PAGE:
CHILDREN ON THE HILL by Michael Deakin

CHILDREN ON THE HILL

By
Email this review

KIRKUS REVIEW

British filmmaker Deakin, documentary-bound, searched out a family of spectacularly precocious youngsters and their parents in a remote Welsh village to record a unique experiment in home education. The parents -- Maria, an Italian woman of a well-to-do but emotionally deprived childhood, and Martin, son of Jewish/English immigrants -- have raised their four children (eleven to five years at the time) utilizing educational techniques initially based on the Montessori method. In order to catch that moment of sensibility when the ""door"" to the child's mind is open, Maria forged well beyond Montessori, devoting herself full-time to helping and listening. The home is an environment removed from outside pressures; children determine their own speeds and learning interests; the parent plays a reciprocal rather than authoritative role and ""surrenders"" his own pursuits to the process. Certainly the children are remarkable -- one a gifted mathematician, eligible for university at age eleven, another a possibly brilliant pianist. Unfortunately the author's mini-media reportage does not fully probe the emotive personalities and social interplay of -- to some cynics -- these eerie little beings, but the theories underlying this extreme and fascinating experiment should be of interest, particularly to the Montessori coterie.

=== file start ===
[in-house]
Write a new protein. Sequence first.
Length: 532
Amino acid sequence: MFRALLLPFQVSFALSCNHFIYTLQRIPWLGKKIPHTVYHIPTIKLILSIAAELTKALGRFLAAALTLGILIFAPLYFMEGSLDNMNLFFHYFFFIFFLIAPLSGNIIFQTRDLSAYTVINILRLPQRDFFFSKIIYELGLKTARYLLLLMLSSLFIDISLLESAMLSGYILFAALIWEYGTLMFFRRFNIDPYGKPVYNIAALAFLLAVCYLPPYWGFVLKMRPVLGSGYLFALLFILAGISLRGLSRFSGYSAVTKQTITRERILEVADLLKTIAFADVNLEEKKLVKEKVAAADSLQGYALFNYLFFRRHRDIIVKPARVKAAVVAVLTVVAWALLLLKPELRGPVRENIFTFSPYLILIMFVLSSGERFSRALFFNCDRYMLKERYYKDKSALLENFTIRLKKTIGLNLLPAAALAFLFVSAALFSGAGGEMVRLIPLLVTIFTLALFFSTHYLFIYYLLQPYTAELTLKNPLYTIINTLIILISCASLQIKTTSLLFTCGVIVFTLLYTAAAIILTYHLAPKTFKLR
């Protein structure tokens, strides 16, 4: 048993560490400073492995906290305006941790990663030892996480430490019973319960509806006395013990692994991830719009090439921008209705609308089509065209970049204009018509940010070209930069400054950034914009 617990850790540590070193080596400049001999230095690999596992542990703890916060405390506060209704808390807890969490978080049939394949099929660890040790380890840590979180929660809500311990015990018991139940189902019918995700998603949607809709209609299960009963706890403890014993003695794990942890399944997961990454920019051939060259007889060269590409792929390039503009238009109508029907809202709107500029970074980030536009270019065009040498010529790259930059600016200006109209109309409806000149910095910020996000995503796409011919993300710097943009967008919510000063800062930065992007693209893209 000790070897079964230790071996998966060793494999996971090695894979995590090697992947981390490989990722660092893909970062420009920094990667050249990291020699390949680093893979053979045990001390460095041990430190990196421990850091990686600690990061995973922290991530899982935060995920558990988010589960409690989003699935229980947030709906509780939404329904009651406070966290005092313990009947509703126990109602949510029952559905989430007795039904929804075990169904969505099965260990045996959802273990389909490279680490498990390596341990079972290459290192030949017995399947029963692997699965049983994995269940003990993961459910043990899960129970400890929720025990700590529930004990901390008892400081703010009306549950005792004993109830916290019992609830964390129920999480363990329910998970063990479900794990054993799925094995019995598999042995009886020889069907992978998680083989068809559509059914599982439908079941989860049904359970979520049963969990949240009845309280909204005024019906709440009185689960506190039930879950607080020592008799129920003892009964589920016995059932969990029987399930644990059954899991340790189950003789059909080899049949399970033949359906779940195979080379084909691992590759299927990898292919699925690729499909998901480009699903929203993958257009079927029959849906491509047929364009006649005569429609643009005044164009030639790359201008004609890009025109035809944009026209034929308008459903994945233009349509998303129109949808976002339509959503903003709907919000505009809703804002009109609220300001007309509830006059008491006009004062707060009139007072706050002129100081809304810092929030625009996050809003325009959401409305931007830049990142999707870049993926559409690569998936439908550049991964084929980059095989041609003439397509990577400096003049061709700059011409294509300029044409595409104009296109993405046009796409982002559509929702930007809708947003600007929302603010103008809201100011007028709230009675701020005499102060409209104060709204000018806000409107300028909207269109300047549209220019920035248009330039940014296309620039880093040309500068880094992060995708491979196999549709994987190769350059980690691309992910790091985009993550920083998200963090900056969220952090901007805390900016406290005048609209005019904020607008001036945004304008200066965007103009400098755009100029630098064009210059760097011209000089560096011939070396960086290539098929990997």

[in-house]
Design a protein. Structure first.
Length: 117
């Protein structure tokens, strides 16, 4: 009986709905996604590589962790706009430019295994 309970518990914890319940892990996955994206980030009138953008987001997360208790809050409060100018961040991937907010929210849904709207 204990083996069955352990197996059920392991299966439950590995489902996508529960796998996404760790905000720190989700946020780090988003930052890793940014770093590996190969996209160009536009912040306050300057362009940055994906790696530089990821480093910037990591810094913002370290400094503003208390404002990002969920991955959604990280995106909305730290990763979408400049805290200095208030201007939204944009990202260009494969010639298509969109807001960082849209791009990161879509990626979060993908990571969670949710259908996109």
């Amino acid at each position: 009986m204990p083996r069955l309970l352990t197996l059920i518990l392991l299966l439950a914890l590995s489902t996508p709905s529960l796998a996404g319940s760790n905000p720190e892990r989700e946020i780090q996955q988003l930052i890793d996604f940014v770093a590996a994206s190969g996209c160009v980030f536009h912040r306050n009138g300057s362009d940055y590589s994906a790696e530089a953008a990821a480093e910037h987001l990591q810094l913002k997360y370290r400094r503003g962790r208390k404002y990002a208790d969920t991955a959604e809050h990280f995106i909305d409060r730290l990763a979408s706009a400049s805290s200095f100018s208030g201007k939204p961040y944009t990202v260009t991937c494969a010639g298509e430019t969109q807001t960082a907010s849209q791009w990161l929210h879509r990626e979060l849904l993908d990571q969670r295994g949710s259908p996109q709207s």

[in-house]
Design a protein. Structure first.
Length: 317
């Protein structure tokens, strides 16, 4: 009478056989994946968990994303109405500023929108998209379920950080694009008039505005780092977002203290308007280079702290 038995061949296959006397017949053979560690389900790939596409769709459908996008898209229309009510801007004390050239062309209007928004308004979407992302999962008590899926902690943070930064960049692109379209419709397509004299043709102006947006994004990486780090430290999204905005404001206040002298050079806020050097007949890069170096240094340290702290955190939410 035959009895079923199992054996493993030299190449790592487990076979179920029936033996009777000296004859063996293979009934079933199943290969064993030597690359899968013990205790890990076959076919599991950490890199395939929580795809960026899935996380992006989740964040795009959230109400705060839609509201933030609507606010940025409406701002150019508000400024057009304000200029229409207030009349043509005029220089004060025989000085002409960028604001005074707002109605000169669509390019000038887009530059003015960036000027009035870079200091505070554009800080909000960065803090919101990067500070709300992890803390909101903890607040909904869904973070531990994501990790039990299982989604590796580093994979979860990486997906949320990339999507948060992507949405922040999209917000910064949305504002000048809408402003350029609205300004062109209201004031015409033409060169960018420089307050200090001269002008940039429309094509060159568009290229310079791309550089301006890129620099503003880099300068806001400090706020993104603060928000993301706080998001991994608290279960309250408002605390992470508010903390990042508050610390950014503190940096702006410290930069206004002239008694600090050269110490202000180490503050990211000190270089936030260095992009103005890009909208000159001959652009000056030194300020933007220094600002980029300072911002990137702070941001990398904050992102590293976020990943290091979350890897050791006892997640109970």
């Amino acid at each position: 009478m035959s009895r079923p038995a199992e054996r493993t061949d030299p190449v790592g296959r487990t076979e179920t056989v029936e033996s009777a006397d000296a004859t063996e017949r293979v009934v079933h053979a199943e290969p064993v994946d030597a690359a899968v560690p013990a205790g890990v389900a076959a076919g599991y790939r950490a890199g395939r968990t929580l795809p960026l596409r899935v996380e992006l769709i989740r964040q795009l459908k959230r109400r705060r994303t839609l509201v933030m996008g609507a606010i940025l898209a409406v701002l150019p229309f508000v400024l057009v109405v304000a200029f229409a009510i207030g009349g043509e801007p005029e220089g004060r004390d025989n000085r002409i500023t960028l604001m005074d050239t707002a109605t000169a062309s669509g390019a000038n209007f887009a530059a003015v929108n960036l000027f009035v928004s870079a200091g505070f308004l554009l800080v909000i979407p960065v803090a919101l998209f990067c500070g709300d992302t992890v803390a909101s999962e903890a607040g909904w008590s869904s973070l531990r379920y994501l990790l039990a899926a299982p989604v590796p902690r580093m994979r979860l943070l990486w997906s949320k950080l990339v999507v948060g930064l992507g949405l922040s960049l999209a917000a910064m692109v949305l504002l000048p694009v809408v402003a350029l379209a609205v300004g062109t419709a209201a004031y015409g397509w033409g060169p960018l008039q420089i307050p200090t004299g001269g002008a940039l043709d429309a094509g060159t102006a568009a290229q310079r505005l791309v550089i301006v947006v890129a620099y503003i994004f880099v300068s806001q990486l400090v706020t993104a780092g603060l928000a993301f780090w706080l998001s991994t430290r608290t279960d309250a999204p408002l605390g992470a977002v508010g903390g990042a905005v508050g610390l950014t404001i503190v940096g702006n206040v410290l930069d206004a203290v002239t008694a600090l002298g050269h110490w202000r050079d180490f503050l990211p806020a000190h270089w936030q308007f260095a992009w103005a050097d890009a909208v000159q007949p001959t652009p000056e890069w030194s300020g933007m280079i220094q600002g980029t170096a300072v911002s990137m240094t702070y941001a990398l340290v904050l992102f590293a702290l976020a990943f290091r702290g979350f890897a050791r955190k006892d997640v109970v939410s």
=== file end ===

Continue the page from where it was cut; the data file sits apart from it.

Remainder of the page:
Pub Date: Aug. 7th, 1973
Publisher: Bobbs-Merrill